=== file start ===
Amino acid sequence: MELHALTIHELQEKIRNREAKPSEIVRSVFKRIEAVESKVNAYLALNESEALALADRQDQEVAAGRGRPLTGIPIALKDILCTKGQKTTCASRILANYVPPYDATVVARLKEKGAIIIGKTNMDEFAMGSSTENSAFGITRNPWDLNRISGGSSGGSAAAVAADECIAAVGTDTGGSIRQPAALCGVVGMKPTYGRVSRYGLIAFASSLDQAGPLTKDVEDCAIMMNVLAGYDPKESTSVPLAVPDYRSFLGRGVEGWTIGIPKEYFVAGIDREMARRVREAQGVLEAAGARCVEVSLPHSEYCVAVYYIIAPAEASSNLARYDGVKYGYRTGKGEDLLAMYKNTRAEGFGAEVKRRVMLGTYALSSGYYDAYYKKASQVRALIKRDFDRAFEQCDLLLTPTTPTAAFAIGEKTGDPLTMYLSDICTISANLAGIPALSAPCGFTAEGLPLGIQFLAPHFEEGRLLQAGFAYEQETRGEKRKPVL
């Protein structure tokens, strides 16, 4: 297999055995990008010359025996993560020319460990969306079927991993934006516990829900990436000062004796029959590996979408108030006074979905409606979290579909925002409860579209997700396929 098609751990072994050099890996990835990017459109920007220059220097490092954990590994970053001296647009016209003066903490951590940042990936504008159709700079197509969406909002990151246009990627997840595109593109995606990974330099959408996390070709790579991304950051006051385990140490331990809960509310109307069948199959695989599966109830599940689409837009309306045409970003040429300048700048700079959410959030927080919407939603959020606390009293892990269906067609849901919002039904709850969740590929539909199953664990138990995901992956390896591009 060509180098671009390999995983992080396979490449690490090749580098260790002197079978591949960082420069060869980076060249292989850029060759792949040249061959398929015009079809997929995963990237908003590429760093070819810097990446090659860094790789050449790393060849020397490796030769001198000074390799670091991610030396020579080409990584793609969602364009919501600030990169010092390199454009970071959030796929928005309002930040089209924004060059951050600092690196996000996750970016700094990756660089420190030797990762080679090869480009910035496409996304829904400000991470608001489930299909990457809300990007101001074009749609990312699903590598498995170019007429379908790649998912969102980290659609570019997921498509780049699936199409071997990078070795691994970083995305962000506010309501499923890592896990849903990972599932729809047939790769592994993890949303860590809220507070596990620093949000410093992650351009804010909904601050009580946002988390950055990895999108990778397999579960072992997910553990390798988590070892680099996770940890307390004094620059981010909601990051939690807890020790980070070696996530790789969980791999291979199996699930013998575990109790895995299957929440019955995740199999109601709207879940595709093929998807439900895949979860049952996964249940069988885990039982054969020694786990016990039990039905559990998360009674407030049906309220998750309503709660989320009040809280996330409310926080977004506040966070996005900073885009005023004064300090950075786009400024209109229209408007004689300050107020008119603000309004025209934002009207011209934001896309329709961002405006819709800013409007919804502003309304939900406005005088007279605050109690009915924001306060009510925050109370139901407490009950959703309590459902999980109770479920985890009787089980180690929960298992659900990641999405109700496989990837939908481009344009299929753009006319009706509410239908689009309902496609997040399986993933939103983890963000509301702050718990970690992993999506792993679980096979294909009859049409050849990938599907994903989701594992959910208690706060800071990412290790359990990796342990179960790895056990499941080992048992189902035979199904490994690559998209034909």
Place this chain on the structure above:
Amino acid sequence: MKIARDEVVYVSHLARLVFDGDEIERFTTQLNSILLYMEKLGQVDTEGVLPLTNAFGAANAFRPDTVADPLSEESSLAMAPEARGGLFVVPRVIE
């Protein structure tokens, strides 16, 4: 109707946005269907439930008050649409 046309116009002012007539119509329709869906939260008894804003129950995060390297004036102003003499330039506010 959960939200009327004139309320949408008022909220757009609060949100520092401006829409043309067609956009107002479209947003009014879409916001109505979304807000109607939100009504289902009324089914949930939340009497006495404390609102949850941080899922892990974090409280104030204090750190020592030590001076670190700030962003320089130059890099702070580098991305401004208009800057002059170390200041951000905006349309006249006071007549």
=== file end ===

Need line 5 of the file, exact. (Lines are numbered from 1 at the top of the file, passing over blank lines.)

């Protein structure tokens, strides 16, 4: 109707946005269907439930008050649409 046309116009002012007539119509329709869906939260008894804003129950995060390297004036102003003499330039506010 959960939200009327004139309320949408008022909220757009609060949100520092401006829409043309067609956009107002479209947003009014879409916001109505979304807000109607939100009504289902009324089914949930939340009497006495404390609102949850941080899922892990974090409280104030204090750190020592030590001076670190700030962003320089130059890099702070580098991305401004208009800057002059170390200041951000905006349309006249006071007549």